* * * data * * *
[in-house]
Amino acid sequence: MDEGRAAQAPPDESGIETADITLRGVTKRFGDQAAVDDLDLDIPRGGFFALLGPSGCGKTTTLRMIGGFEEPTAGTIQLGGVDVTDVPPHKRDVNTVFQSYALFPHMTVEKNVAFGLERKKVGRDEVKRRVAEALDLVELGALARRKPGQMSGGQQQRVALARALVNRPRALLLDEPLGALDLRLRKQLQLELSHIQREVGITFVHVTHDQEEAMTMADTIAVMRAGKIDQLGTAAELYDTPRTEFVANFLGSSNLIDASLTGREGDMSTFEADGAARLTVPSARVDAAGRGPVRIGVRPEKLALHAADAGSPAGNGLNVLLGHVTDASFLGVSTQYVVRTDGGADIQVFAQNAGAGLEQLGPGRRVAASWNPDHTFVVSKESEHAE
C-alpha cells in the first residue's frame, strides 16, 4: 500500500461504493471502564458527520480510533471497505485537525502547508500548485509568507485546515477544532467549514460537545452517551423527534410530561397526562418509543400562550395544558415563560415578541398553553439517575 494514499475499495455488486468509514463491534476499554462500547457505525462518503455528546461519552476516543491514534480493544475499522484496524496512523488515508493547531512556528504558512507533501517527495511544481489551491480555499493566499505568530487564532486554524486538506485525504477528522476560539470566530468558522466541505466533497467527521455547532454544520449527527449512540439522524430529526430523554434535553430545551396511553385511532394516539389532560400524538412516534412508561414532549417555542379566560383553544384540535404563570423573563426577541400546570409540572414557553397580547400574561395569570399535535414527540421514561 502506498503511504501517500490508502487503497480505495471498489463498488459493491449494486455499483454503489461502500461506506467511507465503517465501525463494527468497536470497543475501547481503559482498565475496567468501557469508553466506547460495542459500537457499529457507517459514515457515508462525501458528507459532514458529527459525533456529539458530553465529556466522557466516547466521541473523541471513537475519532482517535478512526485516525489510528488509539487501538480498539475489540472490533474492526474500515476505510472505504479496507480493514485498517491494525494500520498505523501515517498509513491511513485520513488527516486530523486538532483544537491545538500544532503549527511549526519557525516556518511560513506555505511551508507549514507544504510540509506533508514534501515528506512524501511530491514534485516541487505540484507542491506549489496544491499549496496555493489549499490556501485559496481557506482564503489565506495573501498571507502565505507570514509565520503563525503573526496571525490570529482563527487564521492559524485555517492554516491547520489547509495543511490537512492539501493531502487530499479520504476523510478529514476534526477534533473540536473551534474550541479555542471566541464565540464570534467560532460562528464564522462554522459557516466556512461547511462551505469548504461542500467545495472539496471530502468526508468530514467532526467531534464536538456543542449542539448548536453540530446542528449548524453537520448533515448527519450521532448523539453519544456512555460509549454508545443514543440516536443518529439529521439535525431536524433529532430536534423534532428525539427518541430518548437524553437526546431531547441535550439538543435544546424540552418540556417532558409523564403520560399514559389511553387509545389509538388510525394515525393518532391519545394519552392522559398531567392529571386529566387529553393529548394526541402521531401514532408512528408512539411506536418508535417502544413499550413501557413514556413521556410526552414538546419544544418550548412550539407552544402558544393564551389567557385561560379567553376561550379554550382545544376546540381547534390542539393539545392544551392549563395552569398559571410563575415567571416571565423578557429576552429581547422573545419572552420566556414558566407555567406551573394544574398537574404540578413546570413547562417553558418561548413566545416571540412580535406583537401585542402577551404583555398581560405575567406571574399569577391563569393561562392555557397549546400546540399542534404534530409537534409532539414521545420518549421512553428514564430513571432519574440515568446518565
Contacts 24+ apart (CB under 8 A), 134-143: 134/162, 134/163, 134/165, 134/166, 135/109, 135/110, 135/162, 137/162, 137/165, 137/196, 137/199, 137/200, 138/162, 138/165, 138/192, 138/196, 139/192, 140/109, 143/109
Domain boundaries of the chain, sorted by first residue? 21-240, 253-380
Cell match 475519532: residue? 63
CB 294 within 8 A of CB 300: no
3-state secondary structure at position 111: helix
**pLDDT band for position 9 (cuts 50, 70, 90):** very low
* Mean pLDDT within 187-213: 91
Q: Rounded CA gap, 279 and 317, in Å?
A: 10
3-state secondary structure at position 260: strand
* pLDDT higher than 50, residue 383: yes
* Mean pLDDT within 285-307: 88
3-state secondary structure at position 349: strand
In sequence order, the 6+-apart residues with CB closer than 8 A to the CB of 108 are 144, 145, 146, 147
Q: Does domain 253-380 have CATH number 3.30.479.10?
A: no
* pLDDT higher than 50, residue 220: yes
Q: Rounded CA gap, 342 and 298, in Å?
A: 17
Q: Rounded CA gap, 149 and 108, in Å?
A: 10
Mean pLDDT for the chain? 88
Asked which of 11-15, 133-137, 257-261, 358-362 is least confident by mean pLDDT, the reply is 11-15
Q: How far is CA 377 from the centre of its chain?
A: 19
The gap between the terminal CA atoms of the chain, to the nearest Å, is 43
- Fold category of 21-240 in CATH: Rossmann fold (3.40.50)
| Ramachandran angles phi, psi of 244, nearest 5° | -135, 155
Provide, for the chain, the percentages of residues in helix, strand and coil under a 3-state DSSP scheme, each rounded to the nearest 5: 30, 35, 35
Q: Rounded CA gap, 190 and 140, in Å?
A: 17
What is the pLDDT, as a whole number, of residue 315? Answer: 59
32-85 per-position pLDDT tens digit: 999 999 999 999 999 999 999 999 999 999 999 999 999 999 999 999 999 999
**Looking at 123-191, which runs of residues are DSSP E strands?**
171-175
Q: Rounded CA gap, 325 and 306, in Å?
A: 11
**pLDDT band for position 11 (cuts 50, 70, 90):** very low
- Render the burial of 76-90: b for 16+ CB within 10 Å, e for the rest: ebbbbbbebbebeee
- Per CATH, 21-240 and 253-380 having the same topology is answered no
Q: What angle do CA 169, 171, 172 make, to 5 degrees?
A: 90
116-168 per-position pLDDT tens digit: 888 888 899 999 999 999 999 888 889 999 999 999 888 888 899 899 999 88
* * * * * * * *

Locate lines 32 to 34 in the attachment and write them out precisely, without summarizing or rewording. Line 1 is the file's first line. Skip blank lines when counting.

Provide, for the chain, the percentages of residues in helix, strand and coil under a 3-state DSSP scheme, each rounded to the nearest 5: 30, 35, 35
Q: Rounded CA gap, 190 and 140, in Å?
A: 17